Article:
English | 752 pages | Oxford University Press; 1 edition (April 15, 1999) | 0195055233 | PDF | 48.35 Mb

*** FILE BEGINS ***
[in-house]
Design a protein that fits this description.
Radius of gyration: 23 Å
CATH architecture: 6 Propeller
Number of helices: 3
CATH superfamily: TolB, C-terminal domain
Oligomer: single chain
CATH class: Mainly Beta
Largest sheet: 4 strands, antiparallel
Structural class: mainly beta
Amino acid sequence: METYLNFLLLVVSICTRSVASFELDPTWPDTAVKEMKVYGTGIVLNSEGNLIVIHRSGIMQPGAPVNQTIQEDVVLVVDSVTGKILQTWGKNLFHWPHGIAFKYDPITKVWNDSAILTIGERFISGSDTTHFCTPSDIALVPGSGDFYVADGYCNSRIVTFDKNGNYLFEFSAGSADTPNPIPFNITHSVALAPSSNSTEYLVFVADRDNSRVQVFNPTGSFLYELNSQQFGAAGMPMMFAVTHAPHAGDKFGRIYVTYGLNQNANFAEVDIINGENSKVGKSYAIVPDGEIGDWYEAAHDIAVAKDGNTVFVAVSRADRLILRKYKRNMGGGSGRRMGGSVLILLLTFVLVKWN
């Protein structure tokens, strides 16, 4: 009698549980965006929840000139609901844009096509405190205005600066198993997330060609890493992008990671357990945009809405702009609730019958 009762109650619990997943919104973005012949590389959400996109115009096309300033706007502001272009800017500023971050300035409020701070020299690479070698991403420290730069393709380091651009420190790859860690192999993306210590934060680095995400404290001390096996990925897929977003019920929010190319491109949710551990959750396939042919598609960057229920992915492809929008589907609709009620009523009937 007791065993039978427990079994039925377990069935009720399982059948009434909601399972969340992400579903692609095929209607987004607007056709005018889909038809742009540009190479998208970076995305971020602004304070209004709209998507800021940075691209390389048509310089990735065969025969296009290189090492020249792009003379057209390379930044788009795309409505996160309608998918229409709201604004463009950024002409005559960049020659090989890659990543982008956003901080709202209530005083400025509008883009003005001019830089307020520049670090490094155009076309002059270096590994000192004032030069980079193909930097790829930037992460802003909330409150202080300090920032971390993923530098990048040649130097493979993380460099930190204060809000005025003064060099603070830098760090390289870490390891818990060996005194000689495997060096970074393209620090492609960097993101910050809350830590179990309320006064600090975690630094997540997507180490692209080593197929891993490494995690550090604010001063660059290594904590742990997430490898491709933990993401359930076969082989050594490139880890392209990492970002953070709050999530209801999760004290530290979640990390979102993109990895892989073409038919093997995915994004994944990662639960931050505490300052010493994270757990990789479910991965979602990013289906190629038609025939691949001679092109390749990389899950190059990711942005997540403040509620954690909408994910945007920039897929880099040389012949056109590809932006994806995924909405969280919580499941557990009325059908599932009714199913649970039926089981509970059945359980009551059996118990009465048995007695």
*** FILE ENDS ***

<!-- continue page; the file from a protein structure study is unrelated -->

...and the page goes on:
By chronicling the transformations of hospitals from houses of mercy to tools of confinement, from dwellings of rehabilitation to spaces for clinical teaching and research, from rooms for birthing and dying to institutions of science and technology, this book provides a historical approach to understanding of today's hospitals. The story is told in a dozen episodes which illustrate hospitals in particular times and places, covering important themes and developments in the history of medicine and therapeutics, from ancient Greece to the era of AIDS. This book furnishes a unique insight into the world of meanings and emotions associated with hospital life and patienthood by including narratives by both patients and care givers. By conceiving of hospitals as houses of order capable of taming the chaos associated with suffering, illness, and death, we can better understand the significance of their ritualized routines and rules. From their beginnings, hospitals were places of spiritual and physical recovery. They should continue to respond to all human needs. As traditional testimonials to human empathy and benevolence, hospitals must endure as spaces of healing.